Three Obscure Gifts

Chapter 16

Word of Knowledge, Word of Wisdom, & Discerning of Spirits

The study of these three gifts begins with a problem -- the problem of identity or definitions. Like some of the other gifts, these are nowhere defined in the New Testament, but unlike most other gifts, neither does the New Testament definitely specify how they functioned or for what purpose. Being mentioned only in I Corinthians 12-14 (12:4-11, 13:8-10, and 14:6), and perhaps referred to indirectly once or twice, these gifts are relatively obscure. For definitions, then, the interpreter is left only to the simple meanings of the words themselves, inferences and deductions drawn from them, and the contexts in which they appear.

With this data considered, it seems easiest to understand these gifts as temporary, revelatory gifts; that is, they are gifts which involved direct revelation from God and were given to the early church only.


Word of Knowledge

This gift is mentioned only in I Corinthians 12:8, 13:2(?), 8-10, and 14:6. To "know" something, of course, means to grasp certain information. The identification "word of knowledge" reveals this to be a speaking gift, the speaking forth of that knowledge to others. As explained above, it is revelatory knowledge that is in view, knowledge received directly from God, not attained by normal methods of research and learning. In those days before the availability of Scripture, the church relied upon men to deliver Divine Truth directly from God; a man gifted with the word of knowledge was such a man. This gift is similar to the gift of prophecy, differing perhaps in that this gift lacked the ability to foretell the future as could the prophets. More than likely, as the name of the gift suggests, to the one with the word of knowledge God also gave great insight and understanding of truth that had already been revealed. This knowledge would have been revelatory as well.

The men with the gift of knowledge simply delivered and explained God's truth to the church. God gave them the knowledge, and they relayed it to the church. Paul's frequent references to receiving and delivering a divine "mystery" (secret) serve as good examples of this gift (e.g., Ephesians 3:1-5 and I Corinthians 15:51). God simply informed him of the otherwise unknowable truth which he was to deliver to the church.

Many people today are given a great capacity for understanding Divine Truth, but this understanding is attained only by effort in the normal processes of learning. This gift of knowledge needed no such effort: the truth was simply revealed by God.

Word of Wisdom

The difference between the gifts of knowledge and wisdom is slight, with much overlap. "Knowledge" assumes a certain degree of understanding of certain information; "wisdom" assumes that plus a little more -- the use or applying of that information to achieve certain ends. It is not knowledge merely, but knowledge put to practical use. This gifted person not only understood the Truth of God but could also insightfully apply that truth to the Christian life. Most Christians have been blessed to know some wise, discerning Christian who always seems able to take some great truth of Scripture and relate it to a particular dilemma, thus making the issue clear. Evidently, God enabled men to do that even before Scripture was finally given. He gave them knowledge and with it the ability to use it to the help of his own life and that of others. God still gives wisdom today and that in varying degrees, but this gift of wisdom was different by virtue of its revelatory nature. Again, the apostles' frequent exhortations based on Divine Principles illustrate this gift well.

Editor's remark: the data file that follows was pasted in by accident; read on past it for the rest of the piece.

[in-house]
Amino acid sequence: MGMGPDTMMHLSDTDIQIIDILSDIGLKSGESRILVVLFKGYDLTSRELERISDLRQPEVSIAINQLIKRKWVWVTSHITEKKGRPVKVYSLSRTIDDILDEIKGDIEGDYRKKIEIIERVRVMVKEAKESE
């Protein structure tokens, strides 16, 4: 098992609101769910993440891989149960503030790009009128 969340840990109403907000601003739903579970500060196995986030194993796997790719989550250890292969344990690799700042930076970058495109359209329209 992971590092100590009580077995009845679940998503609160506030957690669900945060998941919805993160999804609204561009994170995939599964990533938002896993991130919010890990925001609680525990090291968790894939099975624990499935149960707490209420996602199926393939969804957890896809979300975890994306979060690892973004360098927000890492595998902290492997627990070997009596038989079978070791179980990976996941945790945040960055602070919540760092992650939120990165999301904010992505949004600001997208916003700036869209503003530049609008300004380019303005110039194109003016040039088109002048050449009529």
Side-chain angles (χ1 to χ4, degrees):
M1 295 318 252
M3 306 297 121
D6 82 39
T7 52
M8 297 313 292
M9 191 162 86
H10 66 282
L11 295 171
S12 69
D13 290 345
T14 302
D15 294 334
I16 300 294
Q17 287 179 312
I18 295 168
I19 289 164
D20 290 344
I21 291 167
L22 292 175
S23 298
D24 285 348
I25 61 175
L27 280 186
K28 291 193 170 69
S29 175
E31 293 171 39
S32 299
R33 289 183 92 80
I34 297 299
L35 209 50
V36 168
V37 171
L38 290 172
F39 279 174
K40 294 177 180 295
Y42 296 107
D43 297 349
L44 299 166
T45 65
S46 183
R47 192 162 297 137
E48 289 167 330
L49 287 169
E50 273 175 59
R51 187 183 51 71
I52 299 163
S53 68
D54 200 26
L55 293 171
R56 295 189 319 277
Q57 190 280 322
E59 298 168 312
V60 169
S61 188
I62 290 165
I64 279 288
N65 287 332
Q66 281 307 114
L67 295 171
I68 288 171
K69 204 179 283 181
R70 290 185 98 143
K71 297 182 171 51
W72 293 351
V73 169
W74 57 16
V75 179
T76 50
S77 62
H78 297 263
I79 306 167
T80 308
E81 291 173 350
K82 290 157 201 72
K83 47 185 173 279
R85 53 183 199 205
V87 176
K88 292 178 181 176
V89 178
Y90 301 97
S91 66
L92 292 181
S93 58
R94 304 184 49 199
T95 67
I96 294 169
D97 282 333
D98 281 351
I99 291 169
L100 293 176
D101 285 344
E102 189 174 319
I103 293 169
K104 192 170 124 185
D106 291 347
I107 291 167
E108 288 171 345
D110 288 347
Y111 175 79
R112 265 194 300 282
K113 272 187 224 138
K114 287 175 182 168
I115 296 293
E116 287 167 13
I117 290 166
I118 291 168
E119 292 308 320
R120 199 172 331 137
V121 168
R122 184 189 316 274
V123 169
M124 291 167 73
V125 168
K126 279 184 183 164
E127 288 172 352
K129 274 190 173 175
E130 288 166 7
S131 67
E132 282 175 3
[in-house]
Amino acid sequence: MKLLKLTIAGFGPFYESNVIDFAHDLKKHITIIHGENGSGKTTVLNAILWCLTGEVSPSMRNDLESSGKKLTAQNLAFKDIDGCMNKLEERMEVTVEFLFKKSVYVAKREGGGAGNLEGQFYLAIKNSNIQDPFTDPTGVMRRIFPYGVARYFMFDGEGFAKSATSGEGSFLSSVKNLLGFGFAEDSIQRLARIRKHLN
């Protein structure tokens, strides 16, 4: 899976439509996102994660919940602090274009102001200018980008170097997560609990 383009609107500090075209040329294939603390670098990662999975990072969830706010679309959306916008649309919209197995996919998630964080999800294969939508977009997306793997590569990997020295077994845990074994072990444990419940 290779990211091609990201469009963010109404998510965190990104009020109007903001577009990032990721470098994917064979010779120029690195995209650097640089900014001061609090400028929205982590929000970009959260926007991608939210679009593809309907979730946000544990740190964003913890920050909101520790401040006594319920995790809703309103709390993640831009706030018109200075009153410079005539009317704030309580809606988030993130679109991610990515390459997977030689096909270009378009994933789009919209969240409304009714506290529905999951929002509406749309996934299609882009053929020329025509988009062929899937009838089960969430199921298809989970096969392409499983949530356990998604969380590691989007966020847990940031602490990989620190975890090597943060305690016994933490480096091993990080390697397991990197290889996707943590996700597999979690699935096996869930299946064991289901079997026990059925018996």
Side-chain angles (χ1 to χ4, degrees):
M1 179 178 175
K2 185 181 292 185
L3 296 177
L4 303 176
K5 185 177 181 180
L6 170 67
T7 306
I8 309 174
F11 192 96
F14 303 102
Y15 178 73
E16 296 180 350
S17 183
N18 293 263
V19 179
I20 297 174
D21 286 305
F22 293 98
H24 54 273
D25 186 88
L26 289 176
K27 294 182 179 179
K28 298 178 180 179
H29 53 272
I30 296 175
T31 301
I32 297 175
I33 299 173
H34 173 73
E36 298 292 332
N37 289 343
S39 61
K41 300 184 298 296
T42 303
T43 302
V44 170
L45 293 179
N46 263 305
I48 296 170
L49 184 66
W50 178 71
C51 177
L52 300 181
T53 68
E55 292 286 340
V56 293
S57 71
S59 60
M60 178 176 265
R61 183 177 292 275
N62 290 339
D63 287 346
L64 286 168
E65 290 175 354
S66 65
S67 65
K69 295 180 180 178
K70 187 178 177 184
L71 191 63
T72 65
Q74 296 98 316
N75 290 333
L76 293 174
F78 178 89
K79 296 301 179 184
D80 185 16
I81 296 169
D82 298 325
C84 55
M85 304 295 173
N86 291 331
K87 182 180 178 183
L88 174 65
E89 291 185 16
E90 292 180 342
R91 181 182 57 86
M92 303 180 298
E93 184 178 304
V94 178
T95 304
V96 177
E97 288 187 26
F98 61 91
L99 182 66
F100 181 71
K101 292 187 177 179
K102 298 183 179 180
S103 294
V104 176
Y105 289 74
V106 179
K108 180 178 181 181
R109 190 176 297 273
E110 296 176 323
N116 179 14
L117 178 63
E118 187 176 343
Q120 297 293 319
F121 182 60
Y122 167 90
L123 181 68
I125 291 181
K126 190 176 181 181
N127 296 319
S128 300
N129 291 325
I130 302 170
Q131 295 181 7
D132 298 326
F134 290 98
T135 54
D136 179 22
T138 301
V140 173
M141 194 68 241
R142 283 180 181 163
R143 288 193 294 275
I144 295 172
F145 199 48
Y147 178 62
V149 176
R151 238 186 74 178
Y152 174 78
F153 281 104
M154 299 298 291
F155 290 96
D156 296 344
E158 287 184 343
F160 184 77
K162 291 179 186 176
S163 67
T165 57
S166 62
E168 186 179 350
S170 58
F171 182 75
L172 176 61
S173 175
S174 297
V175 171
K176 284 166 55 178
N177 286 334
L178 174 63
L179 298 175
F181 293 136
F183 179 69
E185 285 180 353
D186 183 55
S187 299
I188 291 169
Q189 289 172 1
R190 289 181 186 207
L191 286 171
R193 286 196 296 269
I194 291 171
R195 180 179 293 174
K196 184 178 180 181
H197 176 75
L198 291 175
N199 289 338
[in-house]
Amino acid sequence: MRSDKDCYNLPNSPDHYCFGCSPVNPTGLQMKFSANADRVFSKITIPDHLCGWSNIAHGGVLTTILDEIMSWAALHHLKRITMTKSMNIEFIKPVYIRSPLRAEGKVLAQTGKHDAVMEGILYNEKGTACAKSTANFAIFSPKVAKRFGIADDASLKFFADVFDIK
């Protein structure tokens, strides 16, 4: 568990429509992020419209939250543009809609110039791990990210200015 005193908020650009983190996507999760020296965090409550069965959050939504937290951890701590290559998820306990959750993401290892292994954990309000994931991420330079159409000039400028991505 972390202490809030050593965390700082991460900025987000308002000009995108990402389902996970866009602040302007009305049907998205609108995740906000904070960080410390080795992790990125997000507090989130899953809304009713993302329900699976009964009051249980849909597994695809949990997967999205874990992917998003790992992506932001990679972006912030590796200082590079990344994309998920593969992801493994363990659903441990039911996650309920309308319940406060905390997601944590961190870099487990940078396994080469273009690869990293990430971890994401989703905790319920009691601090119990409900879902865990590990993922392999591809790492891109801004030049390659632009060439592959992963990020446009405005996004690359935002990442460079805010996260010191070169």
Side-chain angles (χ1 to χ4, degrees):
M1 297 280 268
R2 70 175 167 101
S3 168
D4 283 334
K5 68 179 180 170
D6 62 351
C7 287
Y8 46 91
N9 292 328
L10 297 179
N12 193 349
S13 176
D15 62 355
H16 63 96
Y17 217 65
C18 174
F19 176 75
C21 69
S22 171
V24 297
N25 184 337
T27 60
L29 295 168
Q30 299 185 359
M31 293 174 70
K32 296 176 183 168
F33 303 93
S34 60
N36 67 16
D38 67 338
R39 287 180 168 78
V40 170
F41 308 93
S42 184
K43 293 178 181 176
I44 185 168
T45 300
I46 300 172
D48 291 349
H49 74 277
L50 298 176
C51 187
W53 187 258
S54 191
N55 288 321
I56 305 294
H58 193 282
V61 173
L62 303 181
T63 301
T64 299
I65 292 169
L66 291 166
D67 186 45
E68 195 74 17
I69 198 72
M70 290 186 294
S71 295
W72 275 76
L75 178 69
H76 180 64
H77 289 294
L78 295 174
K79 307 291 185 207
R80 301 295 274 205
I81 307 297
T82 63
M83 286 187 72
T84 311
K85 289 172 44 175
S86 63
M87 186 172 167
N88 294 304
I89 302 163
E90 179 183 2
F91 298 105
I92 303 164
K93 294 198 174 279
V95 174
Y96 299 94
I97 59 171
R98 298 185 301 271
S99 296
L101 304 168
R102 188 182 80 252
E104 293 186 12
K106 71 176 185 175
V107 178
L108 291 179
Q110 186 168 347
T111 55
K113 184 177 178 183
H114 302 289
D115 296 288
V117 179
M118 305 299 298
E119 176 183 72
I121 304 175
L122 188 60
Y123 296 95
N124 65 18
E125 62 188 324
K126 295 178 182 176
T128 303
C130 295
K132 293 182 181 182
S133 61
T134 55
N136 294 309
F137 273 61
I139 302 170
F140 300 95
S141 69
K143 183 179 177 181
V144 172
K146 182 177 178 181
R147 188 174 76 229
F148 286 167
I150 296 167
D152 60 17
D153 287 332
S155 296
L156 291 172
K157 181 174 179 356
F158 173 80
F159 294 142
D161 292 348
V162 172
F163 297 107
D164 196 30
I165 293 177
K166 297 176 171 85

Discerning of Spirits

Discernment is the ability to evaluate something. The Greek term here literally means "to judge through." The gift of the discernment of spirits was the ability to "judge through" or evaluate prophecies, teachings, and/or people, distinguishing the false from the true. In that day, you remember, God spoke to the church through men such as the prophets. This gift (as noted in the previous chapter) served as a check on those who would abuse that and give words and teachings which were not God-sent (e.g., I Corinthians 12:3, where someone evidently taught that Jesus was accursed). This person with the gift of the discernment of spirits could declare the true nature of such a prophecy and affirm the truth of the genuine.

Peter's insight into the hidden deeds and motives of Ananias and Sapphira (Acts 5:1-11) and Paul's evaluation of the demon-possessed girl (Acts 16:16-18) illustrate this well. Perhaps the clearest example is found in I Corinthians 14:29 which commands someone other than the prophets to evaluate the prophecy given. This check was needed when the church had no Standard, no canon of Scripture, by which to measure the teachings.

As with the previous two gifts, there is a similarity today: God still gives discernment, but today's discernment is not based on direct revelation but rather on a comparison with the truths and principles revealed to the apostles and prophets and now inscripturated.

Their Demise

At least three considerations point to the fact that these gifts are no longer in the church.

1) Revelation is complete and has ceased.

2) The need for these gifts has passed. No more knowledge or wisdom and no other standard for the evaluation of teachings is needed than what is given in Scripture. Furthermore, if prophets are absent from the church (see chapter 15), then there is no need for the discerners to evaluate them.


These gifts of knowledge, wisdom, and discernment of spirits were temporary, revelatory gifts to the church, given to fill a unique and temporary need. Today the church has the greater gift, the complete Revelation of Scripture; that and that alone is the all sufficient guide for faith and practice.